- By Leah Rozen
A few years ago, Helen Gurley Brown, then in her mid-80s, sat directly behind me in the audience one night as Harry Connick Jr. steamed up a Broadway stage in a sexy revival of the musical The Pajama Game.
At intermission, she turned to her husband, movie producer David Brown, and declared of Connick, “He’s hot.”
It was pure Helen Gurley Brown: of the vernacular, to the point and touching on sex.
For more than three decades, from 1965 until 1997, Brown reigned as the plain-speaking editor of Cosmopolitan magazine. Through its pages, as well as her books and her many TV appearances, she encouraged millions of young women to boost their self-confidence, land a promotion, dress to attract (“Some authorities say eye shadow mustn’t show. . . Piffle poofle to that!”) and enjoy a healthy sex life.
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Brown, 90, died Monday in a New York hospital after a brief illness. She leaves a mixed legacy. Some will argue that she was a pioneering feminist, while others will sneer that she was little more than a huckster peddling a sexed-up version of The Power of Positive Thinking.
Helen Gurley was born in a small Arkansas town, where she grew up poor in a family she described as “hillbilly.” She remade herself, first as a secretary in Los Angeles (she had dropped out of college in favor of secretarial school) and then as a successful copywriter at a couple of advertising agencies. In 1959, at the then advanced age of 37, she wed David Brown, a successful Hollywood movie producer (whose later credits include the blockbuster Jaws). He encouraged his new wife to write the 1962 guidebook Sex and the Single Girl, which became a bestseller and turned her into a household name.
While the book provided self-help tips for single women on managing money, navigating the workplace, improving one’s appearance and other topics, Brown particularly wanted nice girls to know that sex was okay — more than okay. “You inherited your proclivity for it,” she wrote. “It isn’t some random piece of mischief you dreamed up because you’re a bad, wicked girl.” (Hollywood turned the book into a comedy in 1965, with Natalie Wood portraying Brown.)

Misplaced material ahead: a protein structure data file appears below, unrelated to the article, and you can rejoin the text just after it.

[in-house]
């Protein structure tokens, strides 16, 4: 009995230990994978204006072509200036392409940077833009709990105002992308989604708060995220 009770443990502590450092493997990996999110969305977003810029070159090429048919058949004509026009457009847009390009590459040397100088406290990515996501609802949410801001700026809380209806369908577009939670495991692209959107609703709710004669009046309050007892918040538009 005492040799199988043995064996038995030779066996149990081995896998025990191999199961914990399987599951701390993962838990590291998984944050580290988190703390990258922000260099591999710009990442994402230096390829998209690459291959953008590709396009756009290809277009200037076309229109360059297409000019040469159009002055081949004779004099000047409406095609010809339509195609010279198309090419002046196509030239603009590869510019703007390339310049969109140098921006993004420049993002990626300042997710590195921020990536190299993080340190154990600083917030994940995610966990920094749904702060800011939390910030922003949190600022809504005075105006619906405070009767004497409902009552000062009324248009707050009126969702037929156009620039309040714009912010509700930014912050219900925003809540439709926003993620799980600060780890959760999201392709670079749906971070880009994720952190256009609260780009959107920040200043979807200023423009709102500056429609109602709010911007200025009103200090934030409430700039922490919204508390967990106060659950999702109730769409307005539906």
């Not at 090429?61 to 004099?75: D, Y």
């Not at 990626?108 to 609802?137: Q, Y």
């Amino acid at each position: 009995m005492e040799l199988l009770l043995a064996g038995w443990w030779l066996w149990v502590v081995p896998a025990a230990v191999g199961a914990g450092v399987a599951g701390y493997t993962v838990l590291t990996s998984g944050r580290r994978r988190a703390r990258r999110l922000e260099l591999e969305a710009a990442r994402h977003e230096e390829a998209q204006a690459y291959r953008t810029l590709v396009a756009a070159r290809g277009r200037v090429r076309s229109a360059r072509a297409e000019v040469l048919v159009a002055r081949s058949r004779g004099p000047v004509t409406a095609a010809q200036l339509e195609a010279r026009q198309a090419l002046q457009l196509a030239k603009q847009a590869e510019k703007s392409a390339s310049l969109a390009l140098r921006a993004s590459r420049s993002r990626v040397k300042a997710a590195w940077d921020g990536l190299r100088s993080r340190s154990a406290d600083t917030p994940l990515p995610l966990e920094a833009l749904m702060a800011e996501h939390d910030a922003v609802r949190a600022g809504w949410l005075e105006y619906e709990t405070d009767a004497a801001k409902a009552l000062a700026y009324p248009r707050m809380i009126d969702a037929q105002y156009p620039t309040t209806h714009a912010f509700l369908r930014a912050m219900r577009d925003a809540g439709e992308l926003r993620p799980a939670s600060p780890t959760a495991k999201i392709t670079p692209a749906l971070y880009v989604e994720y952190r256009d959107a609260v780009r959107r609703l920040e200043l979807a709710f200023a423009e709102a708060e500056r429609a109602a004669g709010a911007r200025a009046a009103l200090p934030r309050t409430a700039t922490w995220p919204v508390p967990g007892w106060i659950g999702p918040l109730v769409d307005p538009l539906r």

Her advocacy couldn’t have been timelier. The first FDA-approved birth control pills had gone on the market in 1960 and the sexual revolution was beginning to rev up. Brown was riding a wave that would only grow larger and more forceful.
Despite having no previous experience as a magazine editor, Brown was hired by the Hearst Corp. in 1965 to save its ailing flagship monthly, Cosmopolitan. She gave the magazine a total makeover, ditching readers who were older, married homemakers in favor of reaching younger single women on the make, in every sense of the word. She dubbed her new reader the “Cosmopolitan girl” — always a girl, never a woman — and often said she aimed the magazine at the “mouseburger” that she herself had been 20 years earlier before embarking on her own self-improvement regime.
“Cosmopolitan is Helen Gurley Brown. Cute. Girlish. Exhortative. Almost but not quite tasteless. And in its own insidious peculiar way irresistible,” Nora Ephron wrote in a scathing but also grudgingly admiring profile of Brown first published in Esquire in the late 1960s.
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Cosmopolitan became massively successful under Brown. She stuck to her winning formula (cheeky cover lines written by her husband, lots of stories about sex, and cover models flaunting big hair and deep cleavage) for 32 years, until she was gently eased out of the top spot in 1997 after sales began to slip. She continued to oversee international editions of the magazine from her pink-walled corner office — its furnishings included an embroidered cushion that read, “Good Girls Go to Heaven, Bad Girls Go Everywhere” — at Hearst’s Manhattan headquarters until shortly before her death.
So what are the rest of us, those who were never Cosmo girls in deed or temperament, to make of Brown? I’m with Ephron in giving her grudging admiration and respect.
The problem with both Brown and her magazine was always in the packaging. Both tried too hard and put too much emphasis on glitz and glamour. What they were selling took too much effort, and much of that effort concentrated on polishing the superficial. Brown’s Cosmopolitan was always the equivalent of an elaborate dessert: lots of labor resulting in a flashy presentation and a sugar high, but no real nourishment.
What saved Brown was her sincerity. She really believed. She was an evangelist for her cause: a better you. She wanted you to know that she’d made it and you could too, though it would take work, perseverance and, yes, just the right shade of lipstick. “You can’t sleep your way to the top or even to the middle, and there is no such thing as a free lunch,” she once wrote. “You have to do it yourself, so you might as well get started.”
In Brown’s world, we were all Cinderellas before the ball and she was going to be our fairy godmother, whether we wanted one or not.